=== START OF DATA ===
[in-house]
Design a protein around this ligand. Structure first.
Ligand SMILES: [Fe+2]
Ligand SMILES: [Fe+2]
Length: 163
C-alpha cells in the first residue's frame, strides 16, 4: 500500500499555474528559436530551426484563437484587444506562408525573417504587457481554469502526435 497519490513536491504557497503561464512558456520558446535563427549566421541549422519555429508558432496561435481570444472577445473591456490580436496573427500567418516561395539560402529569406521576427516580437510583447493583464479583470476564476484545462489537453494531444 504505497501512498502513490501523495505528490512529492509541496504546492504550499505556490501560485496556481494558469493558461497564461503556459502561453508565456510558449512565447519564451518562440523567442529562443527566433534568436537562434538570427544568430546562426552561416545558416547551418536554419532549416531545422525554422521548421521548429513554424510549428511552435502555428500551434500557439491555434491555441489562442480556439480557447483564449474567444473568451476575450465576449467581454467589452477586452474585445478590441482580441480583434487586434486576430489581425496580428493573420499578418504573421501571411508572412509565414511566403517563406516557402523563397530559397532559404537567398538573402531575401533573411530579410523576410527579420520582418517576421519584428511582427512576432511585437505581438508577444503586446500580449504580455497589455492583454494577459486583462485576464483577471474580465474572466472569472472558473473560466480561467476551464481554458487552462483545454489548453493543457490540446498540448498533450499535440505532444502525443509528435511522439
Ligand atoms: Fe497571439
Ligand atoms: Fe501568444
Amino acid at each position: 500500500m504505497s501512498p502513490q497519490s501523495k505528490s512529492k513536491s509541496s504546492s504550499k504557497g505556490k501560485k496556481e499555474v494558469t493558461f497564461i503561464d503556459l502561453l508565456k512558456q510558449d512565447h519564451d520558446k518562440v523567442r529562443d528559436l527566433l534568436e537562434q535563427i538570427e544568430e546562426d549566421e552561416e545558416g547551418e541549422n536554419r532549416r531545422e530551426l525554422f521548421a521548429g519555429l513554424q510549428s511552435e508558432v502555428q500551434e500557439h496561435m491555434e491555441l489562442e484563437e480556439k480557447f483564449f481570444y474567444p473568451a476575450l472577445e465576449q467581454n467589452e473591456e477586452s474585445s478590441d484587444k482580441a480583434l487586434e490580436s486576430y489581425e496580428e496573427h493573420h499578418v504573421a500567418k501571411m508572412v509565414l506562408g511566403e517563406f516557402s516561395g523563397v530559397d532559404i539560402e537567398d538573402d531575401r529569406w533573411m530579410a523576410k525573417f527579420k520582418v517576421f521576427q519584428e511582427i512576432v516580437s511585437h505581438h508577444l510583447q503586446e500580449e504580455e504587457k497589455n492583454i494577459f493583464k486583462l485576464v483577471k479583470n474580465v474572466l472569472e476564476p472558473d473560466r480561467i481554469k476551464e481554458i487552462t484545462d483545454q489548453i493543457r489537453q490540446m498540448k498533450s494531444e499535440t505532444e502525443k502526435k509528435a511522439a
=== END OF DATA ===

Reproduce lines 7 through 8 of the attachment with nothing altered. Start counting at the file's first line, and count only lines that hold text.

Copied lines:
Ligand atoms: Fe497571439
Ligand atoms: Fe501568444